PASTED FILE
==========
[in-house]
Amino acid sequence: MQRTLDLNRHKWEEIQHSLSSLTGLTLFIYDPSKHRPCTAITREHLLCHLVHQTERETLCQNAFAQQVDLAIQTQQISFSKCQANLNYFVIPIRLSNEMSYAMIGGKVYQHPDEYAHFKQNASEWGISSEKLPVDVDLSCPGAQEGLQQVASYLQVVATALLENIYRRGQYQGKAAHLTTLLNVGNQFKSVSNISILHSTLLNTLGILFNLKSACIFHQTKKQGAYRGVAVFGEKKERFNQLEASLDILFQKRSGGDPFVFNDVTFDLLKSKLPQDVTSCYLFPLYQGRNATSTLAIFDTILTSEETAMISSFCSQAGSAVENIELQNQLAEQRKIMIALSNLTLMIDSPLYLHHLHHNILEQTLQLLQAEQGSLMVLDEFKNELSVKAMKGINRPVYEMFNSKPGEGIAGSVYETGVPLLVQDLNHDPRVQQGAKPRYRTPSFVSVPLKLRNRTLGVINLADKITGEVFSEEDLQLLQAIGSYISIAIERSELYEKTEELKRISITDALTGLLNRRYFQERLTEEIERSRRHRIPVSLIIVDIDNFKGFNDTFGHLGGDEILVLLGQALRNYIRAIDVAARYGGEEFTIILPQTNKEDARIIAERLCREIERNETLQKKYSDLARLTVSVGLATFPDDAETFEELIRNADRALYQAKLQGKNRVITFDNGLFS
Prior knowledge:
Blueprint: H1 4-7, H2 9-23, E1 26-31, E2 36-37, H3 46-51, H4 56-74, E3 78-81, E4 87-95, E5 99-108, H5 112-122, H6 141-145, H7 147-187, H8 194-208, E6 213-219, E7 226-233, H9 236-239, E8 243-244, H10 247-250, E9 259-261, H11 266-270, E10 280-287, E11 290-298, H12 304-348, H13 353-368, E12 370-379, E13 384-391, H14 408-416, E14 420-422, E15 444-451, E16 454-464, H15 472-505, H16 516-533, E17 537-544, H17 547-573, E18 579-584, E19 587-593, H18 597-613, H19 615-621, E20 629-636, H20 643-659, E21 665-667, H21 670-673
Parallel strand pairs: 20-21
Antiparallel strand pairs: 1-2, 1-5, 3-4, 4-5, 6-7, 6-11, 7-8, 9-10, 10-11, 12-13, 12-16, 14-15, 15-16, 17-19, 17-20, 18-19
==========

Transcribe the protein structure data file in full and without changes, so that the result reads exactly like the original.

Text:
[in-house]
Amino acid sequence: MQRTLDLNRHKWEEIQHSLSSLTGLTLFIYDPSKHRPCTAITREHLLCHLVHQTERETLCQNAFAQQVDLAIQTQQISFSKCQANLNYFVIPIRLSNEMSYAMIGGKVYQHPDEYAHFKQNASEWGISSEKLPVDVDLSCPGAQEGLQQVASYLQVVATALLENIYRRGQYQGKAAHLTTLLNVGNQFKSVSNISILHSTLLNTLGILFNLKSACIFHQTKKQGAYRGVAVFGEKKERFNQLEASLDILFQKRSGGDPFVFNDVTFDLLKSKLPQDVTSCYLFPLYQGRNATSTLAIFDTILTSEETAMISSFCSQAGSAVENIELQNQLAEQRKIMIALSNLTLMIDSPLYLHHLHHNILEQTLQLLQAEQGSLMVLDEFKNELSVKAMKGINRPVYEMFNSKPGEGIAGSVYETGVPLLVQDLNHDPRVQQGAKPRYRTPSFVSVPLKLRNRTLGVINLADKITGEVFSEEDLQLLQAIGSYISIAIERSELYEKTEELKRISITDALTGLLNRRYFQERLTEEIERSRRHRIPVSLIIVDIDNFKGFNDTFGHLGGDEILVLLGQALRNYIRAIDVAARYGGEEFTIILPQTNKEDARIIAERLCREIERNETLQKKYSDLARLTVSVGLATFPDDAETFEELIRNADRALYQAKLQGKNRVITFDNGLFS
Prior knowledge:
Blueprint: H1 4-7, H2 9-23, E1 26-31, E2 36-37, H3 46-51, H4 56-74, E3 78-81, E4 87-95, E5 99-108, H5 112-122, H6 141-145, H7 147-187, H8 194-208, E6 213-219, E7 226-233, H9 236-239, E8 243-244, H10 247-250, E9 259-261, H11 266-270, E10 280-287, E11 290-298, H12 304-348, H13 353-368, E12 370-379, E13 384-391, H14 408-416, E14 420-422, E15 444-451, E16 454-464, H15 472-505, H16 516-533, E17 537-544, H17 547-573, E18 579-584, E19 587-593, H18 597-613, H19 615-621, E20 629-636, H20 643-659, E21 665-667, H21 670-673
Parallel strand pairs: 20-21
Antiparallel strand pairs: 1-2, 1-5, 3-4, 4-5, 6-7, 6-11, 7-8, 9-10, 10-11, 12-13, 12-16, 14-15, 15-16, 17-19, 17-20, 18-19